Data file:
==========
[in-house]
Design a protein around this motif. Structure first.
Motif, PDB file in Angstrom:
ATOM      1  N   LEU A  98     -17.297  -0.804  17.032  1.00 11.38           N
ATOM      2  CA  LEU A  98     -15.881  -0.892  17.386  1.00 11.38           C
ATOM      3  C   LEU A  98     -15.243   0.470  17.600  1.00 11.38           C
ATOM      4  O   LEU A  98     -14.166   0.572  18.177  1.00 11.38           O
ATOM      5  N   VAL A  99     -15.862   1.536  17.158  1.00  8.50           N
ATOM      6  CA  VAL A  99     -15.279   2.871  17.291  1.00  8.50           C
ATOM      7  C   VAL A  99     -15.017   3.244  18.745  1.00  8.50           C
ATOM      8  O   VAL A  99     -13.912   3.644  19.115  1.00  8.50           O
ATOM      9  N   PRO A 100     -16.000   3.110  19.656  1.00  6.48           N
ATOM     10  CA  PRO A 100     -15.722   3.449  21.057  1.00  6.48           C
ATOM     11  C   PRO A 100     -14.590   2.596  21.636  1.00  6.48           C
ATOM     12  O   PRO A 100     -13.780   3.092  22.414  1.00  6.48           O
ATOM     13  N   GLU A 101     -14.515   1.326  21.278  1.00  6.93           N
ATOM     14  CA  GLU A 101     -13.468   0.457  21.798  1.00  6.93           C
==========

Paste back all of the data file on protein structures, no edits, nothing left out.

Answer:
[in-house]
Design a protein around this motif. Structure first.
Motif, PDB file in Angstrom:
ATOM      1  N   LEU A  98     -17.297  -0.804  17.032  1.00 11.38           N
ATOM      2  CA  LEU A  98     -15.881  -0.892  17.386  1.00 11.38           C
ATOM      3  C   LEU A  98     -15.243   0.470  17.600  1.00 11.38           C
ATOM      4  O   LEU A  98     -14.166   0.572  18.177  1.00 11.38           O
ATOM      5  N   VAL A  99     -15.862   1.536  17.158  1.00  8.50           N
ATOM      6  CA  VAL A  99     -15.279   2.871  17.291  1.00  8.50           C
ATOM      7  C   VAL A  99     -15.017   3.244  18.745  1.00  8.50           C
ATOM      8  O   VAL A  99     -13.912   3.644  19.115  1.00  8.50           O
ATOM      9  N   PRO A 100     -16.000   3.110  19.656  1.00  6.48           N
ATOM     10  CA  PRO A 100     -15.722   3.449  21.057  1.00  6.48           C
ATOM     11  C   PRO A 100     -14.590   2.596  21.636  1.00  6.48           C
ATOM     12  O   PRO A 100     -13.780   3.092  22.414  1.00  6.48           O
ATOM     13  N   GLU A 101     -14.515   1.326  21.278  1.00  6.93           N
ATOM     14  CA  GLU A 101     -13.468   0.457  21.798  1.00  6.93           C